Bathing in the sea, swimming, playing or doing sports in your free time or on vacation are activities that have positive effects on the well-being of those who practice them.
Regardless of their quality, in the waters there can be fascinating, elegant and mysterious aquatic organisms, but unfortunately equipped with stinging systems, such as jellyfish, which can cause more or less serious effects on health.
Jellyfish are simple, invertebrate organisms, members of the phylum Cnidaria, which includes beautiful and colorful creatures such as sea anemones, gorgonians and corals; they have a life cycle in which a free form in the water alternates (the real, planktonic jellyfish) and the form that lives anchored to substrates such as rocks or algae (the so-called polyps).
The jellyfish have a bell shape, like an 'inverted octopus', which encloses a digestive cavity that functions both as a stomach and as an intestine, around the base of which threadlike tentacles start.
They are made up of three layers: an external one, called the epidermis; an intermediate consisting of a dense, elastic and gelatinous substance (mesoglea) composed of approximately 95% water; an inner layer, called the gastroderma.
They have a basic nervous system that allows them to smell, detect light, and respond to other stimuli. A jellyfish's body parts radiate from a central axis (radial symmetry) which allows jellyfish to detect the presence of food or respond to danger from any direction.
From an ecological point of view, jellyfish are important components of the marine food web and are the food of herbivorous fish in coral reefs, sea turtles and large fish in open water (pelagic environment).
In the last 20-30 years, phenomena of great proliferation of jellyfish (blooms) alternating with periods of fewer sightings have also been observed in our seas.
Although articles appear every year as summer approaches, indicating a progressive increase in jellyfish blooms, there is no complete agreement that jellyfish are increasing steadily and continuously, much less a shared explanation. on the reasons for this hypothetical increase. Various factors have been considered, such as the rise in sea temperature due to climate change, the phenomenon of overfishing which significantly reduces the predators of jellyfish, the increase in acidity of the water as a result of the increase in carbon dioxide. in the air. But also physical phenomena such as the presence of strong underwater currents that convey the jellyfish and bring them to the surface, where they concentrate and give rise to large blooms, or the presence of strong winds that help to group the organisms.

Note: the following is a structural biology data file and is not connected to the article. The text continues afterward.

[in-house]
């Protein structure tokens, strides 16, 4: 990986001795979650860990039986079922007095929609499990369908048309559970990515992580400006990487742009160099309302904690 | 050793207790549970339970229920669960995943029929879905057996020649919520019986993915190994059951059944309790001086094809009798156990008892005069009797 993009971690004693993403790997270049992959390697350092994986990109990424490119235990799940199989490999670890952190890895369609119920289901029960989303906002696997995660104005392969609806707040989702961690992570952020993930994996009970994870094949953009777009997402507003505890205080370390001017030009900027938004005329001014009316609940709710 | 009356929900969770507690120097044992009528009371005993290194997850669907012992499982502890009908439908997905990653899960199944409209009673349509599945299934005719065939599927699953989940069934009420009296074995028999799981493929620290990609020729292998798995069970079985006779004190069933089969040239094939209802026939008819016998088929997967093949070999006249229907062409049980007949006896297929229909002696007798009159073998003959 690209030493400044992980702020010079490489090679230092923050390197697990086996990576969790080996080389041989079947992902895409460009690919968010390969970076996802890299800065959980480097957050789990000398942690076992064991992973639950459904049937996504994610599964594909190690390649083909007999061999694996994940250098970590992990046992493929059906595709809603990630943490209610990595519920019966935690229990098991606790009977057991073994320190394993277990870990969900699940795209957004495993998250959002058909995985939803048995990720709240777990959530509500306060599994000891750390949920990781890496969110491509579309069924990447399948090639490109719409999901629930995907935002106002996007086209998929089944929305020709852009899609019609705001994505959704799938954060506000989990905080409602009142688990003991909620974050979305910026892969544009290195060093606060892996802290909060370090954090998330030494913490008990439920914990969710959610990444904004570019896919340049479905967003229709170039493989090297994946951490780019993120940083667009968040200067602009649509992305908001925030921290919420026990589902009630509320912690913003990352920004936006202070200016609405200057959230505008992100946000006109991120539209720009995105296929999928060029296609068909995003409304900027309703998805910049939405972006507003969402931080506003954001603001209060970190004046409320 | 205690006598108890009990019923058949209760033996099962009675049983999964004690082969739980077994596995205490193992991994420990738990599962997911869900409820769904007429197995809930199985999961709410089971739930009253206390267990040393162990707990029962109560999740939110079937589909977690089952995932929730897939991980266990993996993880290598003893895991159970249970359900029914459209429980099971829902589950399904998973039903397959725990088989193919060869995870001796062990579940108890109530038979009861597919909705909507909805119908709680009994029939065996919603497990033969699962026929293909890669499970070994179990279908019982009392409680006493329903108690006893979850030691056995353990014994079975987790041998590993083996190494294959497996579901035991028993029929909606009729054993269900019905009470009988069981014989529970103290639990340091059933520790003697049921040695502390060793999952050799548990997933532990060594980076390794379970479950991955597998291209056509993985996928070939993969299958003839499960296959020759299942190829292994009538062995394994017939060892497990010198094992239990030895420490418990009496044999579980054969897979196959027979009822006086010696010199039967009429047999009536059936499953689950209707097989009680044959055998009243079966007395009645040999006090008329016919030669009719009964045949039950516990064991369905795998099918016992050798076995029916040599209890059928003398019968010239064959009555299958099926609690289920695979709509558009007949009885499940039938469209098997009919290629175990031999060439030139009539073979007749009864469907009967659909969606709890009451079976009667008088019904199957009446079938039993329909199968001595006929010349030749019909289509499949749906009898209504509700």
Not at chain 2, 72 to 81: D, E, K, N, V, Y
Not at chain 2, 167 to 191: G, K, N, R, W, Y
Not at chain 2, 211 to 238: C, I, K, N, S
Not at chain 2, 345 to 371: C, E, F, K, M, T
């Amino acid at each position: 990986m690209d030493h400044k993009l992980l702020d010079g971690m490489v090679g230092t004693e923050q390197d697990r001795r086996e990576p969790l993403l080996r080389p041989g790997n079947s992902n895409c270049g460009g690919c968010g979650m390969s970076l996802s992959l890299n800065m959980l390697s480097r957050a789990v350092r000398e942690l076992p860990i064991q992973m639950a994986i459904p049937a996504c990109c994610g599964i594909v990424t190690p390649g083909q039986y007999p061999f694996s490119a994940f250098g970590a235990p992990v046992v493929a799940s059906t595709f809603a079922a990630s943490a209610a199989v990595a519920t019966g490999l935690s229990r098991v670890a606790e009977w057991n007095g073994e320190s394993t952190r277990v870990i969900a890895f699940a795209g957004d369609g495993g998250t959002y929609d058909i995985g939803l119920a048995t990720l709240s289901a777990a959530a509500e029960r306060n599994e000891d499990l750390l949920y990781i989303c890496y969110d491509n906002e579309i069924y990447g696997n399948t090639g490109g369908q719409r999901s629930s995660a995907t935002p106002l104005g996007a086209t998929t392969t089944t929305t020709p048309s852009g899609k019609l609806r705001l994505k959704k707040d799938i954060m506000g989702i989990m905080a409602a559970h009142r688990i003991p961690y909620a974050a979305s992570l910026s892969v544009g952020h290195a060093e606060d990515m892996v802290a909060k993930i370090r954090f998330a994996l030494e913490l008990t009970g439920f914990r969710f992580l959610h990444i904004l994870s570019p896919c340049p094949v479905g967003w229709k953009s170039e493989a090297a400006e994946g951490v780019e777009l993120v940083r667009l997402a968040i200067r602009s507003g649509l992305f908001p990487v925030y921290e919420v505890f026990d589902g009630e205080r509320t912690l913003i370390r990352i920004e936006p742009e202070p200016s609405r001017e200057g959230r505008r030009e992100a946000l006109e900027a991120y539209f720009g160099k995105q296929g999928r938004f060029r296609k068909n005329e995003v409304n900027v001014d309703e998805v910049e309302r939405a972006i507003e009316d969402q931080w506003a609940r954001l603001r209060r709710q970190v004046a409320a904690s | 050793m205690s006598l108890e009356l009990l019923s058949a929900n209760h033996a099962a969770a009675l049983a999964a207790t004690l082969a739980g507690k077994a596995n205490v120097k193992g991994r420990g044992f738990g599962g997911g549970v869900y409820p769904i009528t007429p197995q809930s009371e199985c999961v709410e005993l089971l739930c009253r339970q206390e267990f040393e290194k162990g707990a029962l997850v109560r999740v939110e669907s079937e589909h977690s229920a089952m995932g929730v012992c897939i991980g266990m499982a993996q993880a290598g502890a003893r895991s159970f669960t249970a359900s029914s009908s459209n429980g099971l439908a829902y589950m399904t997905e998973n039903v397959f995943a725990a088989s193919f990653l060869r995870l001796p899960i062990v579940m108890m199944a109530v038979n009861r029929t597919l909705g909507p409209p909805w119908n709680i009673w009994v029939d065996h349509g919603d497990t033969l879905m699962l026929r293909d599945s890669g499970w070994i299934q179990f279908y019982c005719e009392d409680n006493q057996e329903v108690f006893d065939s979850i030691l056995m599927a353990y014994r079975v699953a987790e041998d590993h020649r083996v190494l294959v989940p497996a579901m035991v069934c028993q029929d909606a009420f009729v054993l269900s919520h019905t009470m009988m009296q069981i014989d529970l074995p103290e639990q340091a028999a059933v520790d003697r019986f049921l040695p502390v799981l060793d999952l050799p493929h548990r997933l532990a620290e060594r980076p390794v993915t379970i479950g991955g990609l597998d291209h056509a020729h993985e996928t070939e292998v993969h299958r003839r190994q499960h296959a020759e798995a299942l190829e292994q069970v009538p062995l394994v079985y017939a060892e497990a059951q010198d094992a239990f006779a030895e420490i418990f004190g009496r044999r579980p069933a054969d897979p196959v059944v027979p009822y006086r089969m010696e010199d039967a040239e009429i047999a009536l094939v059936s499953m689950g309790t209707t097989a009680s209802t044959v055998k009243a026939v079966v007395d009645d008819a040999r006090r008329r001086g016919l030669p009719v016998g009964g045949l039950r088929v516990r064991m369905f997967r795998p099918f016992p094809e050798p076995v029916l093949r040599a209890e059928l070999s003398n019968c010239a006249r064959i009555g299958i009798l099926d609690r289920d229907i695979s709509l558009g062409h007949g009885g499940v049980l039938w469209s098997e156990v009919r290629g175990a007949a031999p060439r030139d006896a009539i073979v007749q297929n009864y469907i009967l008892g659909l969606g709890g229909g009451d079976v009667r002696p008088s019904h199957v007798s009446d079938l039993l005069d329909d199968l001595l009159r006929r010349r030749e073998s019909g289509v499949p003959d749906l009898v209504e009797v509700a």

Jellyfish generally move vertically: from the surface they can descend to the bottom even for hundreds of meters and are carried away by currents, whose movement they cannot oppose.
Jellyfish are feared by bathers because their contact causes reactions on the skin, but they are not the ones to attack: generally it is the bathers who get too close to the animal and involuntarily bump into it.
We speak improperly of jellyfish sting: the jellyfish does not sting, nor does it bite, but in response to a potential danger its tentacles emit a stinging substance for the skin.
In fact, on the part of the tentacles farthest from the body there are highly specialized defense cells called cnidocytes inside which there are "bags" containing the stinging liquid (nematocysts), and small pointed spiral formations (spicules) kept under pressure and which function like small arrows.
Following the collision between a tentacle and a person, the nematocysts remain attached to the skin and the spicules release the stinging substances. Jellyfish with long tentacles (in some species they reach 10 meters in length!) Can have millions of nematocysts which subsequently to contact may remain on the skin of the victim, without immediately discharging the poison contained in. Do not remove them, it can cause irritation even after hours of contact.
The liquid of nematocysts contains substances consisting of amino acids such as tetramine, 5-hydroxytryptamine, histamine and serotonin, and heat-sensitive proteins, which can trigger allergic processes of varying severity.
When the tentacles touch the skin there is a sensation of strong burning and pain; Immediately after contact, the skin becomes irritated and signs such as red and swollen crossed lines (erythema and edema) form with the formation of small blisters.
The burning is not associated with a "burn, because the manifestations are the result of the irritating action of the toxins and begins to subside after 10-20 minutes, but an intense itching sensation remains.
In general, however, most of the effects due to contact with the jellyfish present in our seas are resolved in a few hours, with a simple skin reaction and a little pain.
The severity of the effects is highly variable and depends on:
- by the affected person, the severity of the event may be related to age (children and elderly people are generally more sensitive), the extent of the affected body area, the person's health conditions and potential allergic reactions